Advisors using Morningstar Managed Portfolios as a third-party source for investment assets can now access allocations from the Morningstar Funds Trust.
The trust is an open-end investment management company consisting of nine multi-manager active funds chosen and managed by Morningstar Investment Management.
(Related: Morningstar Prepares to Launch Its Own Funds)
Historically, Managed Portfolios were limited to thirty-party funds that Morningstar had chosen. Now Managed Portfolios can allocate assets to funds in the Morningstar Trust whose managers may not even offer a mutual fund or whose subadvised account structure is less expensive, allowing Morningstar Investment Management to pass along costs savings to investors and implement more investment ideas more nimbly.
Morningstar says this new structure can help investors save about 20% on average while also increasing tax efficiency and reallocation.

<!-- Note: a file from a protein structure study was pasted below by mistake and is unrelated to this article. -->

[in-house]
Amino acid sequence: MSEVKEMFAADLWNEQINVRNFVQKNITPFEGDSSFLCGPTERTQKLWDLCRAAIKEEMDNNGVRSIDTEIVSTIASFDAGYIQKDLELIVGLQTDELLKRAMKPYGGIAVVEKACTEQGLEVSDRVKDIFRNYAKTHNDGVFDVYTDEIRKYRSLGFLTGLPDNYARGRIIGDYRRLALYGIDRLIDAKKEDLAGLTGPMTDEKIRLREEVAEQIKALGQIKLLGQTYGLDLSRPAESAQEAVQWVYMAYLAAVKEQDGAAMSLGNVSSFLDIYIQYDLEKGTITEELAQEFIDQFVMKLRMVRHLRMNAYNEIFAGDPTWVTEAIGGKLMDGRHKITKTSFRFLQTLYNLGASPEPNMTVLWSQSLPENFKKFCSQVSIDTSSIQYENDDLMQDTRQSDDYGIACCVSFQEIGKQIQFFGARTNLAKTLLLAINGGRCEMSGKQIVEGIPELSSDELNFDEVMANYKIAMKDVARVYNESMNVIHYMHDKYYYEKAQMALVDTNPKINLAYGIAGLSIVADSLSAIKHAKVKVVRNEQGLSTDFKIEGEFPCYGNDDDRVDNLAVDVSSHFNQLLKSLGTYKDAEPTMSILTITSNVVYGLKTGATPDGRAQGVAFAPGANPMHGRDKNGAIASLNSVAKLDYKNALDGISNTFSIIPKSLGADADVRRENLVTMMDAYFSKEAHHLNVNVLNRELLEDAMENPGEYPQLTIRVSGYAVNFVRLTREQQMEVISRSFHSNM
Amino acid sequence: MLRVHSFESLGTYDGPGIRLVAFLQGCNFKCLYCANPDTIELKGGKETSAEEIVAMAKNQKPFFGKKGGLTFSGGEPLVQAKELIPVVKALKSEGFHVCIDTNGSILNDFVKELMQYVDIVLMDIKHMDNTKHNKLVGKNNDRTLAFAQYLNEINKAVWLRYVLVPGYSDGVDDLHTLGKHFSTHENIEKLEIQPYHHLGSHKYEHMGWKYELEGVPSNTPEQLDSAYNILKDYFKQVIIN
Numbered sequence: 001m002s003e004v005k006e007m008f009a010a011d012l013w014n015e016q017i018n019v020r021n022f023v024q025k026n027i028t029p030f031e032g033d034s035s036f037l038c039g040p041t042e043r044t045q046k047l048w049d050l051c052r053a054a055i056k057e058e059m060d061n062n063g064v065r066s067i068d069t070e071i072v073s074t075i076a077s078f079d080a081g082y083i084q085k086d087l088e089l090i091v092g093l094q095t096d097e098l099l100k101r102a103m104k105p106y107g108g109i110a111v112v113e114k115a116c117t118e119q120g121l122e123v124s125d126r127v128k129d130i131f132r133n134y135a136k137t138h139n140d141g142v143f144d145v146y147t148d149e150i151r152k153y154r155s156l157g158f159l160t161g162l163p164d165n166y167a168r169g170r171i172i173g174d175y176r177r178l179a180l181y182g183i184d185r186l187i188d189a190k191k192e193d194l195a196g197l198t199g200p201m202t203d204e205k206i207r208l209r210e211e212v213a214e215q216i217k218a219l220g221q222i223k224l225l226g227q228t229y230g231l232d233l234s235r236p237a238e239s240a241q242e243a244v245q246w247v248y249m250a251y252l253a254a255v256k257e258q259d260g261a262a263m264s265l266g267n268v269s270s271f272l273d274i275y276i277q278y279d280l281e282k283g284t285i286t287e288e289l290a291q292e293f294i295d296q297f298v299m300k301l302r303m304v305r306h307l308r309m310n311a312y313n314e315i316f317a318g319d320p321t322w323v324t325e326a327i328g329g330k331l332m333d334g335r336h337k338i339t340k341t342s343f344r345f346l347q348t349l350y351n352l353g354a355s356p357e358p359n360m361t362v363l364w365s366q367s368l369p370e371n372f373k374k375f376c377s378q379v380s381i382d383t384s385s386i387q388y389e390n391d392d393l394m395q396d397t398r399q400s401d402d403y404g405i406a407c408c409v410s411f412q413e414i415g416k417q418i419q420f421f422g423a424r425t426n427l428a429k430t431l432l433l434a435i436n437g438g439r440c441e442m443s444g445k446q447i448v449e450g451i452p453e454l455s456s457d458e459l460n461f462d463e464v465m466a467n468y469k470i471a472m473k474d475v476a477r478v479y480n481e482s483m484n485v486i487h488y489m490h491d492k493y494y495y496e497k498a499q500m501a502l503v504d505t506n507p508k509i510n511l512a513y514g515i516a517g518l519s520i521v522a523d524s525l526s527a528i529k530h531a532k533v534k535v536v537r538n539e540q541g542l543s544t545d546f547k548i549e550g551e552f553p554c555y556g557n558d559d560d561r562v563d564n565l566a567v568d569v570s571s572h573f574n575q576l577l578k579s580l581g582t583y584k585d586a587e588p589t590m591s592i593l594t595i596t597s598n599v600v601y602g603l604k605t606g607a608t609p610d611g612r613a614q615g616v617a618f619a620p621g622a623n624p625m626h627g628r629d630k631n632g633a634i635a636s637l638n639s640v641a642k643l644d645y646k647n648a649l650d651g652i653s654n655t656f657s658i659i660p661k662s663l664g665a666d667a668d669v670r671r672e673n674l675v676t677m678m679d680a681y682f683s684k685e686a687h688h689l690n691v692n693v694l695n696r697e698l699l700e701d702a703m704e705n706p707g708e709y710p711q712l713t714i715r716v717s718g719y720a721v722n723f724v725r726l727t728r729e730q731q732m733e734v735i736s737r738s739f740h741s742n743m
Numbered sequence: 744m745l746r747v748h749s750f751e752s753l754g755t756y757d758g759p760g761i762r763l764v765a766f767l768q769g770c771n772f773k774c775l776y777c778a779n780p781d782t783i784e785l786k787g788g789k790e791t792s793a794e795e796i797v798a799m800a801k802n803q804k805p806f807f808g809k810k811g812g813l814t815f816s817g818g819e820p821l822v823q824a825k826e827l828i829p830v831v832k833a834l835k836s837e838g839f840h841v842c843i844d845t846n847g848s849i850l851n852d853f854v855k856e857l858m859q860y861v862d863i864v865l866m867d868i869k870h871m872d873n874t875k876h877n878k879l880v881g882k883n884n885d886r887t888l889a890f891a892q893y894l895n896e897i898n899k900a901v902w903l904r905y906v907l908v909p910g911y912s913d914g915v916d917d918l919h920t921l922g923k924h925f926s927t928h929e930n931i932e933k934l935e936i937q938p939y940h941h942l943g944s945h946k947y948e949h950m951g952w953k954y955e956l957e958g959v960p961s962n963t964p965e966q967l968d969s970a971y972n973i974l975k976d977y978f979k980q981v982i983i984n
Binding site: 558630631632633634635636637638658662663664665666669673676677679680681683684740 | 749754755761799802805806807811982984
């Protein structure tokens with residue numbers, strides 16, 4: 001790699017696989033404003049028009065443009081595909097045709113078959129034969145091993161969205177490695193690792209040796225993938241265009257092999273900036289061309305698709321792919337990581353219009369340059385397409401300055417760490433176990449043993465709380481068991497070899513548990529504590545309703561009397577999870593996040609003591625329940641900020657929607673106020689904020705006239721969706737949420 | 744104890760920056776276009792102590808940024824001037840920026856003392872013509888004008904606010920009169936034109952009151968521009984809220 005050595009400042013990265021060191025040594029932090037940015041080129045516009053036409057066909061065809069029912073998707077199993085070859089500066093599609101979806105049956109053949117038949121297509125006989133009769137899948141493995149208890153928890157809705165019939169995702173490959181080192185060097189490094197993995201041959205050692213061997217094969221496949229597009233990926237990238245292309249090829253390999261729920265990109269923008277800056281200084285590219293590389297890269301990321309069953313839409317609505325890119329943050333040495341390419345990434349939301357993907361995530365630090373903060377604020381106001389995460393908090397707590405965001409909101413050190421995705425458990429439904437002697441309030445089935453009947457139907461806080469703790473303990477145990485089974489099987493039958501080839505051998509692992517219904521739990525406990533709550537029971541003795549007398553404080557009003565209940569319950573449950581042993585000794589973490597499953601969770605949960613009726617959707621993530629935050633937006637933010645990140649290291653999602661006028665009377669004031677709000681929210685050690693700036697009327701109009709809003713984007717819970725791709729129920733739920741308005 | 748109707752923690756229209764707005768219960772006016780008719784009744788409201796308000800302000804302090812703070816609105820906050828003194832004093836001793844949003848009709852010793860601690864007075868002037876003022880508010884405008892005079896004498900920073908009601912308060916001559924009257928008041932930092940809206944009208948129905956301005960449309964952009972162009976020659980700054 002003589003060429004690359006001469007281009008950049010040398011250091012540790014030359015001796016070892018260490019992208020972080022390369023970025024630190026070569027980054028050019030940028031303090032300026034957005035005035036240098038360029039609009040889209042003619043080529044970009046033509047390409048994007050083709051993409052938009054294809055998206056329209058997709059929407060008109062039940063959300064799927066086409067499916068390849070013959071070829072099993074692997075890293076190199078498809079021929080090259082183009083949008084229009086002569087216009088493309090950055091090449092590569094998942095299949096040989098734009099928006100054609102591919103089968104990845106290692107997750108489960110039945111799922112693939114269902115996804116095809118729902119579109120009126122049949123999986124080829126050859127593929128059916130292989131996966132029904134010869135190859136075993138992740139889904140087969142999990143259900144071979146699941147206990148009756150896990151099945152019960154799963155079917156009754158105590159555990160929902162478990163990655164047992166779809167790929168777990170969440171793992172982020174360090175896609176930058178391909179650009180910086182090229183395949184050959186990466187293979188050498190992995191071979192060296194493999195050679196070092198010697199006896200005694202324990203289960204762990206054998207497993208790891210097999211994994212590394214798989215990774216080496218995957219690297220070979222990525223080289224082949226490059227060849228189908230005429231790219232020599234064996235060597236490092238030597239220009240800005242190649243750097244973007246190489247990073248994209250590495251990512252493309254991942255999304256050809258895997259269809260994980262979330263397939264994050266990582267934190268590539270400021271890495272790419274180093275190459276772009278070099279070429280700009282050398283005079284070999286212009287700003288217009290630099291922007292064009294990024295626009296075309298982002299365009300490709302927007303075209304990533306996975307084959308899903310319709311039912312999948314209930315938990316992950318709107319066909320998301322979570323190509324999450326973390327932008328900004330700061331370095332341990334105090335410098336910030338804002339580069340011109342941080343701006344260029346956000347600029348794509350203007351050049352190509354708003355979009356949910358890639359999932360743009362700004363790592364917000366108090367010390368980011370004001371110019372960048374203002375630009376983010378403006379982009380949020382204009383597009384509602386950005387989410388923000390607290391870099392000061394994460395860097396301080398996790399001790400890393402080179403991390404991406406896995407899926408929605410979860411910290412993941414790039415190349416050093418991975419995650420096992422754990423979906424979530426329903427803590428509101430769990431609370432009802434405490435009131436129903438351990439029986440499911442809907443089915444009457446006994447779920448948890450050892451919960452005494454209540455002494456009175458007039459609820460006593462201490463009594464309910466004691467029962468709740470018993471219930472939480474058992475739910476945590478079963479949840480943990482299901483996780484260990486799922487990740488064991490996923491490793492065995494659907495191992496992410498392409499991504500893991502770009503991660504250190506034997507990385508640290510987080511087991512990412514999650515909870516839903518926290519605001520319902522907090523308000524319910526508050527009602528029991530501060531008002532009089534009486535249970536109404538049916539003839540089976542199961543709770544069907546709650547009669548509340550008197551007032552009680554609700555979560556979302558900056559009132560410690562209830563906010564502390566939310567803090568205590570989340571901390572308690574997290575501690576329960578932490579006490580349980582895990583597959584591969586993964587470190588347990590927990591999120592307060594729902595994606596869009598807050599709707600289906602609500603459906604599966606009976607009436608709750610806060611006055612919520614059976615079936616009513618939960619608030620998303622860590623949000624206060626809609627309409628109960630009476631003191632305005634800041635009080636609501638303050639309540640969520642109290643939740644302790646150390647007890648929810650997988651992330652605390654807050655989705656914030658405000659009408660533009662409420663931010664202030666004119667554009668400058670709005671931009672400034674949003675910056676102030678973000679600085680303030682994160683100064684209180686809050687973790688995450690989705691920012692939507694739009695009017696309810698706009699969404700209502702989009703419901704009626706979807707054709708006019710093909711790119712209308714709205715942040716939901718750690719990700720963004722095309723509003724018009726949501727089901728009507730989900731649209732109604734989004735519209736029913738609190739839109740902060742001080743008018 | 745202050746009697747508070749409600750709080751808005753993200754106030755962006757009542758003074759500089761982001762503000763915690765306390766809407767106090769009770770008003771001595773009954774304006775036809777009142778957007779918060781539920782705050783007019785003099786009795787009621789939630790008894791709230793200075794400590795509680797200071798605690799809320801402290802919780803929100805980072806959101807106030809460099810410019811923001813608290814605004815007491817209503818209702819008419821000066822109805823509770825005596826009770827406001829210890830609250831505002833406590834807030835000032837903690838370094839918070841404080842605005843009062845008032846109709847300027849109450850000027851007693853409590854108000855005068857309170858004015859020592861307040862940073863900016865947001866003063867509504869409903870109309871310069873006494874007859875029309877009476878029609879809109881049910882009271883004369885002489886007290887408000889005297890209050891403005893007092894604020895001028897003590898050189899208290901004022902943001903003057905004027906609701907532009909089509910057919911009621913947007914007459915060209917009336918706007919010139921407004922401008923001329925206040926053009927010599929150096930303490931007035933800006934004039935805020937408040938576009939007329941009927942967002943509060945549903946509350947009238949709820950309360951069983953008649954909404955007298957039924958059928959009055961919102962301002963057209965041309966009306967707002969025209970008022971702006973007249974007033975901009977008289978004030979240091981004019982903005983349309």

“We are providing investors using Morningstar Managed Portfolios with greater benefits, including a reduction in overall cost for managed portfolios whose underlying holdings were exclusively third-party mutual funds,” said Cindy Galiano, director of product management at Morningstar Investment Management, in a statement. “The Morningstar Funds also offer greater flexibility for portfolio managers to express their investment ideas, and thus increase portfolio diversification.”
Morningstar Investment Management is in the process of migrating current accounts that use actively managed, third-party mutual funds to the new structure.
The nine funds in the Morningstar Funds Trust include three stock funds, four bond funds, a total return allocation fund that can invest in stocks and bonds, and an alternatives fund. All but two have multiple managers, and their expense ratios range from roughly 50 to 130 basis points, initially. Morningstar will “waive all or a portion of its advisory fees and, if necessary, … assume certain other expenses” for at least one year, according to its SEC filing for the trust.